From March 2020 through publication of this article, the VA has not yet opened up services fully.  According to Cindy Butler, VAHS PAO, the clinics are only operating at 15-20% of normal patient appointments and care.  In speaking with a confidential contact at the VA, the operating room is only operating at 15% capacity, leaving many employees waiting to provide much needed non-emergency medical services and surgeries.  According to the contact, the VA is only providing surgeries on a lifesaving basis (cancer, cardiac services, etc).


ECM interview with Dr. Robert Smith, Director, VA San Diego Healthcare System


On May 27, 2020 ECM interviewed Dr. Robert Smith, Director, VA San Diego Healthcare System.  (Photo, left, via VA website). He discussed the current situation within the VA Healthcare System and the plans to increase services to the community to work towards returning to a pre-COVID-19 operational level.

ECM:  What are the current standards within the VA to protect patients from COVID-19 when  entering the facility?  


Dr. Smith:  “At the VA Medical Center, we have set up COVID-19 testing on an appointment and drive through system that does not require entry into the facility.  We are actively screening symptoms…In order to enter the facility, patients must not have symptoms and have a valid medical appointment.  At the entrance, the appointment is checked against the appointment list.” (Note: If an individual does not have an appointment or purpose to be at the VA then the individual will not be permitted to enter). “In addition, patients entering the facility are required to wear protective gear… If a patient does not have protective gear, they will be provided the gear prior to entry.” (NOTE: Testing is available at most major VA clinics – call 858-552-8585).


ECM:  In recent VA news, there was a reported problem in the logistics supply chain obtaining personal protective equipment (PPE) nationally for the VA.  Are there sufficient PPE supplies at the VA San Diego?  


Dr. Smith:  “We have and maintain a sufficient supply of PPEs and have no difficulty obtaining the PPEs.  Yet, there is always a worry that we will not have enough PPE for the VA.”

ECM:  On May 7, 2020, the VA’s Office of Public and Intergovernmental Affairs announced a three phase process for charting a course to pre-COVID-19 operation.  Where is the VA San Diego in this process and what challenges does the VA face regarding increased patient services while lifting healthcare service restrictions?  (NOTE:  Each regional director/VA Healthcare System CEO has the option based upon federal guidelines how and when to return the VA Healthcare System to pre-COVID-19 operations).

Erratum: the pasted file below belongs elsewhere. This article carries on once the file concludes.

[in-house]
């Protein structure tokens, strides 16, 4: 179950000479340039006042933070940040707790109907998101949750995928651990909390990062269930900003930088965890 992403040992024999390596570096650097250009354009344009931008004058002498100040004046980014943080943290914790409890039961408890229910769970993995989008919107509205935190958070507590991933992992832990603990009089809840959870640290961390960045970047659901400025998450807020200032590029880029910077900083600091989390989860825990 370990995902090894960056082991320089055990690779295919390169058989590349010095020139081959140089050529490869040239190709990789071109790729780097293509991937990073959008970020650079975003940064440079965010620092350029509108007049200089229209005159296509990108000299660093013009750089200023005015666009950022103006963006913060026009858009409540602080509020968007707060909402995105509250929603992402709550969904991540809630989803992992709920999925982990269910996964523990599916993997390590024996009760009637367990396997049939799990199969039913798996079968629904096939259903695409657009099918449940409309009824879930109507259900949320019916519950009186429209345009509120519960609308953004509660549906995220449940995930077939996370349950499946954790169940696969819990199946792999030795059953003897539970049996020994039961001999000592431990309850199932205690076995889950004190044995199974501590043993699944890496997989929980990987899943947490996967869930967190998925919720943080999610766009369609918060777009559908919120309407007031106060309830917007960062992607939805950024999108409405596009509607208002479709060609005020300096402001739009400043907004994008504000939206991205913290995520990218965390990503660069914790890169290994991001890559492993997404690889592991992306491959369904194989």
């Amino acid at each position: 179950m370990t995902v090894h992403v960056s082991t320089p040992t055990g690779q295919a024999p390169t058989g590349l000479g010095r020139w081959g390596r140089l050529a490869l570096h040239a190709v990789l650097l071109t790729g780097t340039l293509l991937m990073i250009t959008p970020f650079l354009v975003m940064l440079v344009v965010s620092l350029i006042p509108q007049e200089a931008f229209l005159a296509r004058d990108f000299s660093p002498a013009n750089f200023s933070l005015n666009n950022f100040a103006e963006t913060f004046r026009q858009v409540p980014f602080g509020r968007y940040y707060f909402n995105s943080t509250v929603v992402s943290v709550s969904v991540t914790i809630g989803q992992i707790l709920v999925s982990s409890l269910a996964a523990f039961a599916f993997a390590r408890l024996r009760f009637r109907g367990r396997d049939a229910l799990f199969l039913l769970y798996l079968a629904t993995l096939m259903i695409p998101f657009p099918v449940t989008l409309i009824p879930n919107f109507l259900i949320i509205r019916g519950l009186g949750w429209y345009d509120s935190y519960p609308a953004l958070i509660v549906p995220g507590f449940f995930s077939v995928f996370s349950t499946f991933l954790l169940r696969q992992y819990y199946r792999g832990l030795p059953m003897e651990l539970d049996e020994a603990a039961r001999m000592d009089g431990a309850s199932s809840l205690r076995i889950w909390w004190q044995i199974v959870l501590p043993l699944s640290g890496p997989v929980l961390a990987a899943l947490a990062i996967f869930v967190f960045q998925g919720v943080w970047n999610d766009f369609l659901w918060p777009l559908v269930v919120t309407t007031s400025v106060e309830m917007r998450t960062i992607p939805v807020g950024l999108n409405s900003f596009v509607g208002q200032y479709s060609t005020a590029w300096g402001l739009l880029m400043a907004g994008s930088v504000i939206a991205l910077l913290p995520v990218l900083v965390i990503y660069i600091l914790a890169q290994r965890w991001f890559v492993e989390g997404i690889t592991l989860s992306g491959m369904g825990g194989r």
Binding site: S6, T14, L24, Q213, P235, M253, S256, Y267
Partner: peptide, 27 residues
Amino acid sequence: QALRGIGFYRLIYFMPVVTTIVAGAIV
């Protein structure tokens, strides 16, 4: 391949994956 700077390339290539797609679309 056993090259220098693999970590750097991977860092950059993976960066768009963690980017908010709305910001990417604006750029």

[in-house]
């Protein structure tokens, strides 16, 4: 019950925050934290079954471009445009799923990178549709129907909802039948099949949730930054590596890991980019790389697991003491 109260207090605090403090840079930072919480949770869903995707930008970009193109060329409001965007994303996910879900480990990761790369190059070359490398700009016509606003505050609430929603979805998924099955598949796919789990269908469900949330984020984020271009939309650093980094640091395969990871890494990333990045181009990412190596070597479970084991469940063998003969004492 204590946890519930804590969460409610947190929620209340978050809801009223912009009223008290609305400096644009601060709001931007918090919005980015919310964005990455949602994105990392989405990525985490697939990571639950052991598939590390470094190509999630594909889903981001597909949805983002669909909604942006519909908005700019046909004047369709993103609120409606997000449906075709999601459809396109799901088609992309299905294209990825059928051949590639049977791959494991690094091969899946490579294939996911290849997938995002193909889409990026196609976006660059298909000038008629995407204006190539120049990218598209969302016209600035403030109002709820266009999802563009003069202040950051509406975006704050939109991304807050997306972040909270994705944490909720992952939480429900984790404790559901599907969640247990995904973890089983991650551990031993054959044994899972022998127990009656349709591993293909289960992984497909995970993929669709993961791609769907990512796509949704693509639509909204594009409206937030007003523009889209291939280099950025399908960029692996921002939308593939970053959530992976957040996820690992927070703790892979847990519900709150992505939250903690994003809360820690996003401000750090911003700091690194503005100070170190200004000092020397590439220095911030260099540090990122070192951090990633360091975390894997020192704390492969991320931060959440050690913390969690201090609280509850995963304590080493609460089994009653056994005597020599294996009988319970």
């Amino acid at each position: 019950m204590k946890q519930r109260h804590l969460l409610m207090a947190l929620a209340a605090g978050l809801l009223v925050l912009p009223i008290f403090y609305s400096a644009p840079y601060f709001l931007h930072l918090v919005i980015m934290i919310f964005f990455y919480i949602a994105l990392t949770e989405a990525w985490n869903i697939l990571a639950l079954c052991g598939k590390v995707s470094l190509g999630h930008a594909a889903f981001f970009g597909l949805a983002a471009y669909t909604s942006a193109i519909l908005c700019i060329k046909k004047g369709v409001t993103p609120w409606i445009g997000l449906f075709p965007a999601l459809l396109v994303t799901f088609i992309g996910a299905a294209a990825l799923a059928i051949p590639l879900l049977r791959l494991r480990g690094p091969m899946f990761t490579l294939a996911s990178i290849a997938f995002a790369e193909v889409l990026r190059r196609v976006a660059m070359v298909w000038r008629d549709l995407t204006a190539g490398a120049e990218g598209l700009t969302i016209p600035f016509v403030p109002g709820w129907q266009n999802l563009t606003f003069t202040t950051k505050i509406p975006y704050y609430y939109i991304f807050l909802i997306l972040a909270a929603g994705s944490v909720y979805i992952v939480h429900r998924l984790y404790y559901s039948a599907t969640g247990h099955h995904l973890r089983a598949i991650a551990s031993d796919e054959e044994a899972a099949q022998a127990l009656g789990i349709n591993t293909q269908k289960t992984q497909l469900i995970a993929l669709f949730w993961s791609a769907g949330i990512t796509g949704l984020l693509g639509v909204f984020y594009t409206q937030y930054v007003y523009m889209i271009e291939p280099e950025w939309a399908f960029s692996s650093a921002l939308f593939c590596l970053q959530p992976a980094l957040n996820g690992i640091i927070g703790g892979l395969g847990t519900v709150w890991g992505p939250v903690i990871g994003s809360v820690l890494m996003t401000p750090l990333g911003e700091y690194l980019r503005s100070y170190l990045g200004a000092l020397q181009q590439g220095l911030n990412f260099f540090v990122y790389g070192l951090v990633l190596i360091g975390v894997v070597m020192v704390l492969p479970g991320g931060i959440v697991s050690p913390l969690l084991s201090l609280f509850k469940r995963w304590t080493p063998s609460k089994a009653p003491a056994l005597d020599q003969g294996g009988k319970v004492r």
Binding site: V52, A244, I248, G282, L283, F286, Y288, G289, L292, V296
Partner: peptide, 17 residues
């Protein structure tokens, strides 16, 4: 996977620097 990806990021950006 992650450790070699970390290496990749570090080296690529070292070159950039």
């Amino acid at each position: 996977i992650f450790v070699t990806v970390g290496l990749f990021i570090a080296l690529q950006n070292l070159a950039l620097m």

Dr. Smith:  “We have enacted screening processes at the VA facilities; yet, it is hard to push on this due to the level of comfort of each medical professional.  What we have tried to do is defer what we consider safe care into the future when we began this process in February/March 2020.  Specialty care clinics are still open as are the primary care clinics.  Different clinical services have been able to provide services through virtual care with mental health providing 85-100% of services online.  Dental care in not available unless an emergency exists.” 

NOTE:  ECM spoke with the VA call center to determine availability of services in the VA San Diego.  Many non-urgent specialty services that include dental, podiatry, and other clinics are limited in face to face care.  Some clinics such as dental and podiatry must see a patient face to face to provide services.  The care is only available in urgent or emergency situations as of May 26, 2020.

ECM:  What are the challenges faced by the VA to return to a more normal healthcare operating environment?

Dr. Smith:  “Identify areas where VA wants to resume services interspersing face to face versus virtual services. The (VA) facilities are not set up to manage social distancing…so the VA is now having to modify furniture set up…(this is) slowing things down…” “The shift (is) from surge to now how to resume normal activities (within the COVID-19 directives).  How many patients need to be tested for COVID-19 versus employee safety.  Working to balance safe care with normal activities until we have a vaccine.  Staff will be provided opportunities to obtain vaccine.”